Exports of U.S.-made construction machinery gained 24 percent at mid-year 2008 compared to the first half of 2007, according to a study released by the Association of Equipment Manufacturers. U.S. manufacturers have shipped more than $10 billion worth of equipment to global markets, AEM said.
All major world regions recorded double-digit growth except Central America, which had a 3 percent hike. Africa led the way with a 59-percent boost, followed by South America at 30 percent, the study said. Africa purchased $692 million worth of U.S.-made construction equipment, while South America took delivery of $1.4 billion in machines. Exports to Central America totaled $838 million.
Exports to Asia totaled $1.35 billion, a 16-percent year-over-year jump, and exports to Australia/Oceania spiked 19 percent to total $856 million for the first half of 2008.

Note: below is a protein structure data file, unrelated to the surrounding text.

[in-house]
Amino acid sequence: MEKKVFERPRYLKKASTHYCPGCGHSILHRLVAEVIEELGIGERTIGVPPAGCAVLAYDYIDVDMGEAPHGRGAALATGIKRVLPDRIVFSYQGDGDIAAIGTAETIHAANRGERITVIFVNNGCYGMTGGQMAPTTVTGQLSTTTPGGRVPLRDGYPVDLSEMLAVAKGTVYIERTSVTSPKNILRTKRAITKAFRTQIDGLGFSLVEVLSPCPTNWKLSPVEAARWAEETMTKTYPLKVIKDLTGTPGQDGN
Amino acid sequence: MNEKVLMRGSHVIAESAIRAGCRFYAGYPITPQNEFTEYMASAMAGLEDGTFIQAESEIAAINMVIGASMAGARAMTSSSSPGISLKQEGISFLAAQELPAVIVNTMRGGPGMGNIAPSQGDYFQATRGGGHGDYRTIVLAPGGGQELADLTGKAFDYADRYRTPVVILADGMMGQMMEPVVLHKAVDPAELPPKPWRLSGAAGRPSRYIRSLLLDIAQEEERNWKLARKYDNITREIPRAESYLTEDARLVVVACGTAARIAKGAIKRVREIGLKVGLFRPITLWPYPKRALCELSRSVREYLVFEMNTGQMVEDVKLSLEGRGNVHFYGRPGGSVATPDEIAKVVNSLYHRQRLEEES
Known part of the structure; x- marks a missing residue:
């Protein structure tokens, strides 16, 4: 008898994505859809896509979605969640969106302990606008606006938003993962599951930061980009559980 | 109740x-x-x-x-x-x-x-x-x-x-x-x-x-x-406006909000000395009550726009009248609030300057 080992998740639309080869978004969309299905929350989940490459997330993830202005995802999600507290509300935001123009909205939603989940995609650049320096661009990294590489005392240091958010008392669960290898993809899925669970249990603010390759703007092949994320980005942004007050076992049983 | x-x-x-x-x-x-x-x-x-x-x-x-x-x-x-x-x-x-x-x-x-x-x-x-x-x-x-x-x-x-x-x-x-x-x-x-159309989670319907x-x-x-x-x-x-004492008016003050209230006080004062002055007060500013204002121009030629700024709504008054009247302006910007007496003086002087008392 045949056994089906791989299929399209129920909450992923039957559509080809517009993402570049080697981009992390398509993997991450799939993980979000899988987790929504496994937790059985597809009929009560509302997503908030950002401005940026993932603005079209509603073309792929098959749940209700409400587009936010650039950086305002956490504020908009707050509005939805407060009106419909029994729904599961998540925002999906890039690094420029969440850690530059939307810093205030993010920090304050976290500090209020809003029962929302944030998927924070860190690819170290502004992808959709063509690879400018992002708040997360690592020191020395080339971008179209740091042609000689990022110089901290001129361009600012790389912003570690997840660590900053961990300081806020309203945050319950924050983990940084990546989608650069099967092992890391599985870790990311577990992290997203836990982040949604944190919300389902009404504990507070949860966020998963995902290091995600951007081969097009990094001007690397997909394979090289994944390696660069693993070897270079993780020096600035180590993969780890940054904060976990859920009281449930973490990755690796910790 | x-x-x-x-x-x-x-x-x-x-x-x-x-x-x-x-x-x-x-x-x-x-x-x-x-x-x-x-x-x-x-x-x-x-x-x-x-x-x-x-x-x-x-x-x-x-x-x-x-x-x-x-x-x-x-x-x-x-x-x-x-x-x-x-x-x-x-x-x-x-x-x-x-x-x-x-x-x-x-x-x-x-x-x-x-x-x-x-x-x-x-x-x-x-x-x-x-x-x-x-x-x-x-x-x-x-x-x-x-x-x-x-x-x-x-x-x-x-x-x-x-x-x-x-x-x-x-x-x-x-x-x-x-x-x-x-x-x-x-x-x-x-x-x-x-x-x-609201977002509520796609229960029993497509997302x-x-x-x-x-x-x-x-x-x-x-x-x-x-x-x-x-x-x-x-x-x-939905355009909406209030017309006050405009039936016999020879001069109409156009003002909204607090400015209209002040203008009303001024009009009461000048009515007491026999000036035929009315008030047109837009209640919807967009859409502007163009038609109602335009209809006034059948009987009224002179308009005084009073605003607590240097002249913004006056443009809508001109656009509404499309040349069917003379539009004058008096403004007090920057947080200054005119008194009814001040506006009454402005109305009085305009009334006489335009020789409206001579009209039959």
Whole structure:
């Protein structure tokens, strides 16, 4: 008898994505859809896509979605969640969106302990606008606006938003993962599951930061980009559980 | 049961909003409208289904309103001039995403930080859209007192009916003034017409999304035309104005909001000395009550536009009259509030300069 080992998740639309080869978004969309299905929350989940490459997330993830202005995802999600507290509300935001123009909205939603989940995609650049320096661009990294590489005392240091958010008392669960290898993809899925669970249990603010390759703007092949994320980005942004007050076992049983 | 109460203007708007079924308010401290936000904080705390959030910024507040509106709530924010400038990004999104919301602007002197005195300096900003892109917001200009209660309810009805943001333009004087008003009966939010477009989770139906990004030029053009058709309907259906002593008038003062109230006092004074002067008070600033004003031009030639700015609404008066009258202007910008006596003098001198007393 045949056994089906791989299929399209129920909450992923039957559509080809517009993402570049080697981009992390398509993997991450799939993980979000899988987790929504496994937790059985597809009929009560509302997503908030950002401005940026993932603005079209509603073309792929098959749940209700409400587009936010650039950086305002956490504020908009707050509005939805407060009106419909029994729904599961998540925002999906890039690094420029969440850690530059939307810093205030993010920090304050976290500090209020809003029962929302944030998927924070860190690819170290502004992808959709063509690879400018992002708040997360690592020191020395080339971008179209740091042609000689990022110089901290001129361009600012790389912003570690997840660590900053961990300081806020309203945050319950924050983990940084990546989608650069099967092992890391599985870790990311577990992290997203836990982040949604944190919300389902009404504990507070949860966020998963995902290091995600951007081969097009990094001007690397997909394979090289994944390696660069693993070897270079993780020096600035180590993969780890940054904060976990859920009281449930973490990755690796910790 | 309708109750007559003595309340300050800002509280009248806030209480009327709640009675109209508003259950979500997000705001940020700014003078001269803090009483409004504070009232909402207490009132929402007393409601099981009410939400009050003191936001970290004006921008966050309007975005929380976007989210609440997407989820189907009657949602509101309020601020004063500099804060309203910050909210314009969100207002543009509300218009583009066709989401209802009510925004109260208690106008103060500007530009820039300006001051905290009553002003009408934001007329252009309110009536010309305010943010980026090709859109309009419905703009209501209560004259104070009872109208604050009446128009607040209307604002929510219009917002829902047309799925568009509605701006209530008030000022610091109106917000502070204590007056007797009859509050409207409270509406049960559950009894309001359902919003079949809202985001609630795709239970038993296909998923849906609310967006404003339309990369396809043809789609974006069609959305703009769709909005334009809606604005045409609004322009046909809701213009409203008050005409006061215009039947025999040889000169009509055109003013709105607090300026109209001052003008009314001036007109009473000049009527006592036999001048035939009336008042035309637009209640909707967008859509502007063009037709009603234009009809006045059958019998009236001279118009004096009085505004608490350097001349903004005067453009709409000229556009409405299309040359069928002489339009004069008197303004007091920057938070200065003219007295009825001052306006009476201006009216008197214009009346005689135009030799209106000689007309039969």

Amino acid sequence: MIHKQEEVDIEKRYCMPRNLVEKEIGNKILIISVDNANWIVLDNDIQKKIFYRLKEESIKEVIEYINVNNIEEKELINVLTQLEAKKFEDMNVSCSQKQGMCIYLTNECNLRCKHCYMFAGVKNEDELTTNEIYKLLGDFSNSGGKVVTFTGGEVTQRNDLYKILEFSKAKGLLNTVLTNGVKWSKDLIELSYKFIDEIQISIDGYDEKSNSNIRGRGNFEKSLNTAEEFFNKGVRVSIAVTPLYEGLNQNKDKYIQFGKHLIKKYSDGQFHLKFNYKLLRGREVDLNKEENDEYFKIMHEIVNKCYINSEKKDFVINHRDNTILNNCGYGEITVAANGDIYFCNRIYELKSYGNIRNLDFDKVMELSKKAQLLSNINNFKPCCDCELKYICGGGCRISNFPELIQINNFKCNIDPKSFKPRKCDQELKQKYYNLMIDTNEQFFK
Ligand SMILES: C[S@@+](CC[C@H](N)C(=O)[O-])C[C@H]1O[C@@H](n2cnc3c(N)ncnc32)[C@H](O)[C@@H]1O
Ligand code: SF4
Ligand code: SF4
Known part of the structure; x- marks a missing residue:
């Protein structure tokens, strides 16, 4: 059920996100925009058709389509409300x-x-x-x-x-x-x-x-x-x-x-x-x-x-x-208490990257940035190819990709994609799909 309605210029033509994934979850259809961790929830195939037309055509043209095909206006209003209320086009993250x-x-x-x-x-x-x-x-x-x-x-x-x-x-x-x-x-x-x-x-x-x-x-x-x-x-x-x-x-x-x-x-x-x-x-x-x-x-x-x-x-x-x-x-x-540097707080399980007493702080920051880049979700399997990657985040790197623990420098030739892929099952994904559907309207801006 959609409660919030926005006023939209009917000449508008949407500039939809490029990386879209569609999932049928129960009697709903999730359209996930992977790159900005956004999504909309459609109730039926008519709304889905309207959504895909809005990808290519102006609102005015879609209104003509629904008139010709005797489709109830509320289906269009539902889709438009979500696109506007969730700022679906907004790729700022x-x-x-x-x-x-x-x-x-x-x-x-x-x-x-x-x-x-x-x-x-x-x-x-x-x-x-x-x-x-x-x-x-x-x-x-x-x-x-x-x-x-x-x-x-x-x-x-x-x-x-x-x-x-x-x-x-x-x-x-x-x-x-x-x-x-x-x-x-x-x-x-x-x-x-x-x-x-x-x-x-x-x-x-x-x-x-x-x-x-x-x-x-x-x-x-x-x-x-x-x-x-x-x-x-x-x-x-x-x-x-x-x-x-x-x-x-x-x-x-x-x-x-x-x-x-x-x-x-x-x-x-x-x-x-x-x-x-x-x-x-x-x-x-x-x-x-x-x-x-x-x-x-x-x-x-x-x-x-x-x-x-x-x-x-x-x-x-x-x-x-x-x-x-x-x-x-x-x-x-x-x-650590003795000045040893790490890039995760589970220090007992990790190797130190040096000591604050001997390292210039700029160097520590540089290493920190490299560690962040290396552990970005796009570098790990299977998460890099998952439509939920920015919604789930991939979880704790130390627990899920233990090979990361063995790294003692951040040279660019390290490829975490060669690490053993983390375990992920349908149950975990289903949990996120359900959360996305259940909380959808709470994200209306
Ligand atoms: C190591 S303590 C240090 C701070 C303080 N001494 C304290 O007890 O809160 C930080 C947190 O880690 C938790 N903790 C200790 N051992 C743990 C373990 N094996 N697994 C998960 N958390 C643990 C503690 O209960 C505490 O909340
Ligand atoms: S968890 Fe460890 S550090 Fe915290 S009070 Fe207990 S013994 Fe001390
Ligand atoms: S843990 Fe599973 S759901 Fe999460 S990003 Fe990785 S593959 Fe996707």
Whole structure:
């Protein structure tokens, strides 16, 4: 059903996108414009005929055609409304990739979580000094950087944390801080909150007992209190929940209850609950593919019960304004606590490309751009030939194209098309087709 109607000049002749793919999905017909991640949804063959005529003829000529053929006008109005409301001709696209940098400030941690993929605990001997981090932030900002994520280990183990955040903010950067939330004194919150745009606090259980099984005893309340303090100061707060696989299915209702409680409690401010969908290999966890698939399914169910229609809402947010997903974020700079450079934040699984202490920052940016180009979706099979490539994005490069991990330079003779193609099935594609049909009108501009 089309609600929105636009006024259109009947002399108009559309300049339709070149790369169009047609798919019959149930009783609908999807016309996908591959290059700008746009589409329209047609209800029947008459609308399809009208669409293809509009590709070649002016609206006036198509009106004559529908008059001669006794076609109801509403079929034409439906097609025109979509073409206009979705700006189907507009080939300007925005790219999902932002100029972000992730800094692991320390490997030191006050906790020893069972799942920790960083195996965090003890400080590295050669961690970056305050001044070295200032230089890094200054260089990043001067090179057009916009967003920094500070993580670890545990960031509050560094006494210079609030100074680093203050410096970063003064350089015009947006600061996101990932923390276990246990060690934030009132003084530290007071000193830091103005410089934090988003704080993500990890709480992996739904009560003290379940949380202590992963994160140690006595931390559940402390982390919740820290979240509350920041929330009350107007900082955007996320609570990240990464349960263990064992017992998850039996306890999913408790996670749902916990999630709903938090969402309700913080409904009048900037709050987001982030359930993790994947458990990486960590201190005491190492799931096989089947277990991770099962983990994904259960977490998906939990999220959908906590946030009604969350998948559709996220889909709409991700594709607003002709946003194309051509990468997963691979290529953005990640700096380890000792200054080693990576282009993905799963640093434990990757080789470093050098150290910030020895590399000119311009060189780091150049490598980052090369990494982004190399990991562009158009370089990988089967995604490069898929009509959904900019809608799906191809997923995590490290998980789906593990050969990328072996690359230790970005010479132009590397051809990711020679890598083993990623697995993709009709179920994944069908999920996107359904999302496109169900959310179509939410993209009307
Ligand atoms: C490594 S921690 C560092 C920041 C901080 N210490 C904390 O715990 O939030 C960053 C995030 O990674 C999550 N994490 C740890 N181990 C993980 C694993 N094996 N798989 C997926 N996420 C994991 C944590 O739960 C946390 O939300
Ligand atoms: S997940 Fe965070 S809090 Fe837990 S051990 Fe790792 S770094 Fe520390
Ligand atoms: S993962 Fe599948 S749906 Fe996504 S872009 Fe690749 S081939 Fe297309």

Europe recorded purchases of $1.6 billion worth of machinery, a 21-percent gain, and exports to Canada jumped 28 percent to $3.35 billion.
“Exports remain a bright spot for the U.S. construction equipment manufacturing industry in these uncertain times, and whoever is elected president in November needs to focus on passage of free and fair trade agreements that eliminate barriers to commerce across borders,” said AEM senior vice president Al Cervero. “The lack of U.S. infrastructure investment is eroding America’s position as a global economic power as nations around the world substantially increase their commitments to modern transportation networks.”
The top 10 countries buying U.S.-made construction machinery during the first half of 2008 were Canada (3.35 billion), up 28 percent; Australia (824 million, up 18 percent); Mexico ($544.5 million, down 7 percent); Chile ($406 million, up 17 percent); South Africa ($369 million, up 47 percent); Belgium ($362 million, up 9 percent); Brazil ($258 million, up 59 percent); Singapore ($235 million, up 48 percent); Russia ($231 million, up 40 percent); Colombia ($230 million, up 44 percent). China was No. 11 at $224 million, a 30-percent decline.